Hope you’ve enjoyed this series and are a little more appreciative of the era than Noel seems to be nowadays. Have a fabulous weekend, all.

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I’m like a one-man band, clapping in the pouring rain.

June 18, 2009

Oasis – Standing on the Shoulder of Giants
Part 4: The second single.

“Who Feels Love?” in my humblest of opinions, is the finest thing on Standing on the Shoulder of Giants and a significant departure for a band that’s still constantly maligned for doing the same thing over and over and over again.

Granted, the track does go head first into completely different stratospheres in terms of being a techno-punk with rap and jazz overlay sound experiment, but considering the almost comedic levels to which Oasis revered the Beatles, it’s kind of funny to consider it took them six years to that eastern vibe. I mean, the Beatles did it in four years…

And if Noel was finding any peace in a cleaner lifestyle, “Who Feels Love?” proved to be the best reflection. Sure, the “Thank you for the sun, the one that shines on everyone who feels love” chorus seems pulled out of the guidebook to hippie cliche, but there’s something kind of genuine about it. Even the fact that Liam’s in sneer-rather-than-sing mode does little to compromise the track. It’s the sound of a band that’s found a little bit of peace in a time of chaos. I’d say it’s the sound of an Oasis, but I’m not that ridiculous. Oh…

And like “Go Let it Out,” the song is anchored on solid groove with a tabla loop and busy (by Oasis standards) bassline helping move the whole affair. The song never fails to put me in a decent mood, and that’s why I included it on this year’s summer mix.

Of course, it was an ill-timed single. Although reviews of the album and new Oasis lineup were for the most part positive, a lot of critics weren’t as eager to stay on the Oasis bandwagon and it was really around this point that all that “Should have packed it in after Knebworth” talk really started to bubble. In it’s review of the single, NME called the track emotionless and “pure mock Maharishi spirituality that not even Liam can salvage from the realm of self-parody.”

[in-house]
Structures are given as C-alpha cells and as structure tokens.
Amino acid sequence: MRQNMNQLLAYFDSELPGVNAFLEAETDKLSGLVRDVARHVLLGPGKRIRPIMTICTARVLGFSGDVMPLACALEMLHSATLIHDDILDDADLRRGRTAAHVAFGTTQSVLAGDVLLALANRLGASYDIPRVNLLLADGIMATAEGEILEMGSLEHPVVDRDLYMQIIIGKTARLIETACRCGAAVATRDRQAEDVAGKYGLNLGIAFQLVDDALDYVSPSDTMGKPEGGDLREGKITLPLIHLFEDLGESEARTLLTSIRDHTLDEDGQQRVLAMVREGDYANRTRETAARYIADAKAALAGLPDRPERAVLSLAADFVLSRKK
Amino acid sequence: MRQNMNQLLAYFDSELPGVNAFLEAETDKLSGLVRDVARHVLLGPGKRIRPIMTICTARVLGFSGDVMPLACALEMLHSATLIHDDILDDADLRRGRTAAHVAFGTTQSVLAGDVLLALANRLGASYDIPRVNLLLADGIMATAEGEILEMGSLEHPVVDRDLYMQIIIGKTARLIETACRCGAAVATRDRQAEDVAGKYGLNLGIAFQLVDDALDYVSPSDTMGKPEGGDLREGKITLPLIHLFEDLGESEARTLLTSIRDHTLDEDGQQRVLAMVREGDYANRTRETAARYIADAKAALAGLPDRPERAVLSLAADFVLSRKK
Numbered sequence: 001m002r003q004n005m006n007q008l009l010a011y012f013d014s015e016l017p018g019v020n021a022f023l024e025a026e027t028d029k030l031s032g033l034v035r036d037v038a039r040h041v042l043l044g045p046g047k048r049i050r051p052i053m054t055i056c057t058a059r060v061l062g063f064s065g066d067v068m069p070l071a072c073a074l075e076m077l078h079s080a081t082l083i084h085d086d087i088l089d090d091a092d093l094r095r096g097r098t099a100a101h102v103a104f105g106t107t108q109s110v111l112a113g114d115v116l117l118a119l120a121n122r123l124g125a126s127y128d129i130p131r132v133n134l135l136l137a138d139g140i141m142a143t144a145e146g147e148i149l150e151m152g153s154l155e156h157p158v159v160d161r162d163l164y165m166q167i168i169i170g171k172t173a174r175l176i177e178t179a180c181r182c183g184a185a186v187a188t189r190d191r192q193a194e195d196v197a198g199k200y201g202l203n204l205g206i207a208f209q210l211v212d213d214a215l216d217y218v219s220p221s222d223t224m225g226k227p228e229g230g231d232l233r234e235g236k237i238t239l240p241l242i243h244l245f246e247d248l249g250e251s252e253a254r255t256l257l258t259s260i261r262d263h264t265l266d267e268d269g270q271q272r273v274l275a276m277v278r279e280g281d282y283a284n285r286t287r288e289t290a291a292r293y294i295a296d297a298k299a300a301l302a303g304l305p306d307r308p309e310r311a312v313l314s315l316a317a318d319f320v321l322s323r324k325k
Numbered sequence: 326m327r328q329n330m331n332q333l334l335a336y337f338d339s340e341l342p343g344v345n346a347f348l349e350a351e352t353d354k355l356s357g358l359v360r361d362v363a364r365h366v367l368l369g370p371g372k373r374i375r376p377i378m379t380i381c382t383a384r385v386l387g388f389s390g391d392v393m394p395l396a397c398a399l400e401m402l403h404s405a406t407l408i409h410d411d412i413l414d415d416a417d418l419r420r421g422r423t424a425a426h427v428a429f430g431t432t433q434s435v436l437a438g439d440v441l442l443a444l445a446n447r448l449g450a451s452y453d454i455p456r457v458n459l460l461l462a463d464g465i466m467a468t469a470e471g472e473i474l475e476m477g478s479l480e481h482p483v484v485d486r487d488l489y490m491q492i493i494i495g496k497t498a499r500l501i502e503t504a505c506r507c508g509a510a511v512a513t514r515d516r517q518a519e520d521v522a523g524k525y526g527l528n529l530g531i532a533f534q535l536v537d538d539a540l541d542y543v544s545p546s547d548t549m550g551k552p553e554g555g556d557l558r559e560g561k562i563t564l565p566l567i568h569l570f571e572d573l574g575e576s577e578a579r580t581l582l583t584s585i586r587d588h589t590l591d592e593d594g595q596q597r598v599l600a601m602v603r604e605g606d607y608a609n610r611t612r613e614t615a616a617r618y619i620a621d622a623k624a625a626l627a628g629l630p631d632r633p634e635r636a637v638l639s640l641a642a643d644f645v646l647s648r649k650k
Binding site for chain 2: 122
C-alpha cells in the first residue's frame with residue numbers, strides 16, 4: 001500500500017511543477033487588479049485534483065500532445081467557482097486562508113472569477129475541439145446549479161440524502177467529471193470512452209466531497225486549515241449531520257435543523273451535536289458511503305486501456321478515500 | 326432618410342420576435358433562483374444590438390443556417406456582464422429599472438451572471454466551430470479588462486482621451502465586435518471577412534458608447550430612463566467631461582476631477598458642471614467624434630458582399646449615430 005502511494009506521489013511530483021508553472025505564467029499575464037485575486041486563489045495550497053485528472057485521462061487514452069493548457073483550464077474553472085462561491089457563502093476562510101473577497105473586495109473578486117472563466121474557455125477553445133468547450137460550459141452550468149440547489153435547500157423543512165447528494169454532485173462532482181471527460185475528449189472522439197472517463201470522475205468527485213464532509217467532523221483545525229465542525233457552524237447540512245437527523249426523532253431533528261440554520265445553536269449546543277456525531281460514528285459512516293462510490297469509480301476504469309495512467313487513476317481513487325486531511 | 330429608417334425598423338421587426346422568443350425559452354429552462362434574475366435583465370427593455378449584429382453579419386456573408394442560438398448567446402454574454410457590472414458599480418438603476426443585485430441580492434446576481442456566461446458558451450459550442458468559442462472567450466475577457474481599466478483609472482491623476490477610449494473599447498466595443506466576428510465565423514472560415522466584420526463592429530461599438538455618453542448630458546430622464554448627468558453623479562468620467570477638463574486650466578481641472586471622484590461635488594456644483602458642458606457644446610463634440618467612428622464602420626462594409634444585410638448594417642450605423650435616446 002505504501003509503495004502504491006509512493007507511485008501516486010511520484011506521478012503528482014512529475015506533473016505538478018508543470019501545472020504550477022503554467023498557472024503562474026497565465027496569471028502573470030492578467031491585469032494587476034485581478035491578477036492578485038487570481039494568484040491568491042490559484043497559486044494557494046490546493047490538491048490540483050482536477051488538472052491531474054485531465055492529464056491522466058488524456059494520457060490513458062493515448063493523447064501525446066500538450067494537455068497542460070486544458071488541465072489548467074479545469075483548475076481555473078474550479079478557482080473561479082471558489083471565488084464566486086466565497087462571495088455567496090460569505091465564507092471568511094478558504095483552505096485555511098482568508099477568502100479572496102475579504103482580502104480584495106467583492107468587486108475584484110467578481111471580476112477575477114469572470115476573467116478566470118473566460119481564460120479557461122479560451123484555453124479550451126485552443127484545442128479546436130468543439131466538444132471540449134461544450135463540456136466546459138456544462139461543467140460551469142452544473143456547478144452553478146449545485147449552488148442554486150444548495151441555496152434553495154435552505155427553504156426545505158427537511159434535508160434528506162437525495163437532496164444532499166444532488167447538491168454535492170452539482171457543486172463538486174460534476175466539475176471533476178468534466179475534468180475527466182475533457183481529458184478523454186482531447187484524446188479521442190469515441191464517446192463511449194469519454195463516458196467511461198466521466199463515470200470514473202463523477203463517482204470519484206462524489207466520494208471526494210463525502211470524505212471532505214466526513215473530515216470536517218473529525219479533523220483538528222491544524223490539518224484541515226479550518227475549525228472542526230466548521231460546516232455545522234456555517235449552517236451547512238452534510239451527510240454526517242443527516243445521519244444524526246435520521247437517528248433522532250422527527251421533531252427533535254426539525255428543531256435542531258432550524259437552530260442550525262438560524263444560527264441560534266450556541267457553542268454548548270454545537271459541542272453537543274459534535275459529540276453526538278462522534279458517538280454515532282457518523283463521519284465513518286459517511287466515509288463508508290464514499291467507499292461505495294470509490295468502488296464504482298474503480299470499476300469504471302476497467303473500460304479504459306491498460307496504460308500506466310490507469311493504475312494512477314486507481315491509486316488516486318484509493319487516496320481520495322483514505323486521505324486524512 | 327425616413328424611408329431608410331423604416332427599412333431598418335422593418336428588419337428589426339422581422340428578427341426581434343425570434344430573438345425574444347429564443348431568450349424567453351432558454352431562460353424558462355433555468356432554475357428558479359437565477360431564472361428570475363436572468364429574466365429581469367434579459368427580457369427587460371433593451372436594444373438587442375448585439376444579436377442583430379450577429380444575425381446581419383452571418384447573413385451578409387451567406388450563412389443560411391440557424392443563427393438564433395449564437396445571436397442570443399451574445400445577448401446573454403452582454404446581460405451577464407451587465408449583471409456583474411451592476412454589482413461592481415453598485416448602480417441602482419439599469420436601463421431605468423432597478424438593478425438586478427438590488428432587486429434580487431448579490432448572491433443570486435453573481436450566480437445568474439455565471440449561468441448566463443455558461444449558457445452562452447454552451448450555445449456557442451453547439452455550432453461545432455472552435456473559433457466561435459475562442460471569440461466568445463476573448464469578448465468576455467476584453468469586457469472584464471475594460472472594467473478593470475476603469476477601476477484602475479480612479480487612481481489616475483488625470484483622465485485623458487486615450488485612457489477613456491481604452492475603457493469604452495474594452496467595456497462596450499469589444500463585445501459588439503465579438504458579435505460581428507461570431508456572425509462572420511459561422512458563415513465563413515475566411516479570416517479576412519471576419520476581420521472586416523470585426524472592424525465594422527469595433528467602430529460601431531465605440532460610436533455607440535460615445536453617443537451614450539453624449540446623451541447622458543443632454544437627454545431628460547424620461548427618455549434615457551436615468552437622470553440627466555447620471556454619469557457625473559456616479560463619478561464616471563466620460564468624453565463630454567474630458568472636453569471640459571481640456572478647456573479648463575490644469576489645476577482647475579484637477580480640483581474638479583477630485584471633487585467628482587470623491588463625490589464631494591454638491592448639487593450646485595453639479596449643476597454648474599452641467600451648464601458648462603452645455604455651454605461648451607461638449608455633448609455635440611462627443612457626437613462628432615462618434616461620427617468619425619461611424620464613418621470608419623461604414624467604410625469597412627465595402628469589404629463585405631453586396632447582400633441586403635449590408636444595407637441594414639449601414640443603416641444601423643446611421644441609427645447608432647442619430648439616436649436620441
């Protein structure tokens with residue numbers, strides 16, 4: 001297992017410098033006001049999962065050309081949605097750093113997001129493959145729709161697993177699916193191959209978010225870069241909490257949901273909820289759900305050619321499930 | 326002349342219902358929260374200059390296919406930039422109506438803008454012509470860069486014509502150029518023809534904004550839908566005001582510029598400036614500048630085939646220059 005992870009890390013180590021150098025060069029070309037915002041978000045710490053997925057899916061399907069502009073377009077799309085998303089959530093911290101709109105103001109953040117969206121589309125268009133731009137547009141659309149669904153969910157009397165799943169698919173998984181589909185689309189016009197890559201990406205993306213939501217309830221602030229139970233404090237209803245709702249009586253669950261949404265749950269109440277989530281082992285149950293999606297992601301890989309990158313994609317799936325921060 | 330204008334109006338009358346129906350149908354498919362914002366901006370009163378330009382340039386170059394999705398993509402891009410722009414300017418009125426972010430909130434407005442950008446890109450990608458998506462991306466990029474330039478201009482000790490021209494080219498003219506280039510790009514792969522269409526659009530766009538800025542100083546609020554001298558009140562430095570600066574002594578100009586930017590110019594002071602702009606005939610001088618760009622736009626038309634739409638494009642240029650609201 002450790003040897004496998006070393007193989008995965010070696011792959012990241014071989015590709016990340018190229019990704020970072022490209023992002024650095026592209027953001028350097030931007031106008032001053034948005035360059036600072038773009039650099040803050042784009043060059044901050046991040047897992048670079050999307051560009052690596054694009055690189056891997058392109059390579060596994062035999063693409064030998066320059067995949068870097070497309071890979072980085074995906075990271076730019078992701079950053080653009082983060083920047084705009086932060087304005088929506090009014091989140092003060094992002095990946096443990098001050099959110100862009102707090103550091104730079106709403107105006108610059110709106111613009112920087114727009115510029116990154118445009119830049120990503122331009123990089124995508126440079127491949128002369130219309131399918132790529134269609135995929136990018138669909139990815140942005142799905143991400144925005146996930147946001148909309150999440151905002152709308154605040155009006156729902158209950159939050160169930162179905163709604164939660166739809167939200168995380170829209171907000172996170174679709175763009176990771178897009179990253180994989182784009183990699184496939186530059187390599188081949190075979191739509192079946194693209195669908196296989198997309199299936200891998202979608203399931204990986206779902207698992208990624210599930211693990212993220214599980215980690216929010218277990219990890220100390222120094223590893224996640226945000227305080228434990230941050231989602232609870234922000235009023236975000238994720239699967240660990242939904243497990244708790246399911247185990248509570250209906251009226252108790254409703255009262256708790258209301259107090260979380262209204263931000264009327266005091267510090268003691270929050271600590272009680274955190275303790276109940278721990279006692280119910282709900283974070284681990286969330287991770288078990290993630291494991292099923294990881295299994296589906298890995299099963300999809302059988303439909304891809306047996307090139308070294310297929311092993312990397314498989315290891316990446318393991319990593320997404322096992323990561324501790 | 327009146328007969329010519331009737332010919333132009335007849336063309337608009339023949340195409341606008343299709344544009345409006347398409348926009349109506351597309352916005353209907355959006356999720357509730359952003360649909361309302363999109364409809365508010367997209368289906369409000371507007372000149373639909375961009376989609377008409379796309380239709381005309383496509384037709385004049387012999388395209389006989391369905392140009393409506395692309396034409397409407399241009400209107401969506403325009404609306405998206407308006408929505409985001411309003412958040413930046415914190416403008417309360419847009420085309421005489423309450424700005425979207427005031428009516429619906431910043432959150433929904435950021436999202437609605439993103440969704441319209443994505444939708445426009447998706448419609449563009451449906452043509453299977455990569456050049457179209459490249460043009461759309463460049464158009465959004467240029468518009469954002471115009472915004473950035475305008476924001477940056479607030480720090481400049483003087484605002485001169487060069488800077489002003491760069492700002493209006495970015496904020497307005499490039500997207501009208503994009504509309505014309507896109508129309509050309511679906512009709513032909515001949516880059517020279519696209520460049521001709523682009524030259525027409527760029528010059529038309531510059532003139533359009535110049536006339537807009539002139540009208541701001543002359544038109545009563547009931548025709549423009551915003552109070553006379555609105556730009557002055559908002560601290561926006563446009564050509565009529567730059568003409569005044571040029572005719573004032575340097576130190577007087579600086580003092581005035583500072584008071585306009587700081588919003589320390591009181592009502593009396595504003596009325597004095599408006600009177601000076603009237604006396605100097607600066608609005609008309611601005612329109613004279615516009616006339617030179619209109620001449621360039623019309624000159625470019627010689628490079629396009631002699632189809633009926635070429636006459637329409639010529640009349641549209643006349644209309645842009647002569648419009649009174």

To make matters all the more ironic, the band singing about feeling love would face the biggest threat to its existence a month after the single’s release when Liam and Noel got into yet another argument, and Noel departed the world tour, vowing to never play with the band outside of England again. Thankfully he rescinded on that promise, but that news easily took the focus off any new music the band was releasing for the rest of the album’s promotional cycle.

Which is a shame, because the single actually featured the band’s best B-side of the era. And the worst.

Whofeelslove

Oasis – One Way Road
Everything that Noel was trying to encapsulate about his state of mind in the ignored songs of the time like “Solve My Mystery” and  the material that did make it on to singles and albums — even “Who Feels Love?” (“Now you understand that this is not the promised land they spoke of”) — is perfectly rendered here. It’s a simple verse, bridge and chorus that completely repeats itself once before fading away. And if Noel’s falsetto on the bridge and passion on the chorus don’t make you think the guy’s not half bad after all, I think any argument in Oasis’ favor is lost. This is a bit of early 21st century soul, and might be the most soulful thing the band’s ever done. Too bad no one was paying attention.

Oasis – Helter Skelter
I never understand band’s desire to do this song. Well, no. I understand it — who doesn’t want to turn the amps up to 11 and figure out that little riff on the chorus, but of all the Beatles songs to do, I just never understand the obsession with this particular one. It seems so obvious. And for a band of Beatle completists like Oasis, that just makes me wonder all the more. Noel has a special feeling in his heart for the song — he reckons this song is the reason punk rock ever came into existence — but, meh. If covering Beatles songs is a useless exercise to begin with, why not at least challenge yourself and try something like… “It’s All Too Much”? I don’t even know if the Beatles ultimately did the best version of “Helter Skelter” that they could have. Ah well.

The video for the song turned out pretty cool, although I like that it took this long for a director to think “Why don’t we put Oasis in a desert?” Hey!

Tomorrow: The “Sunday Morning Call” single.

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And trying to keep that bag of bones in trim.

June 18, 2009

Oasis – Standing on the Shoulder of Giants
Part 3: The first single.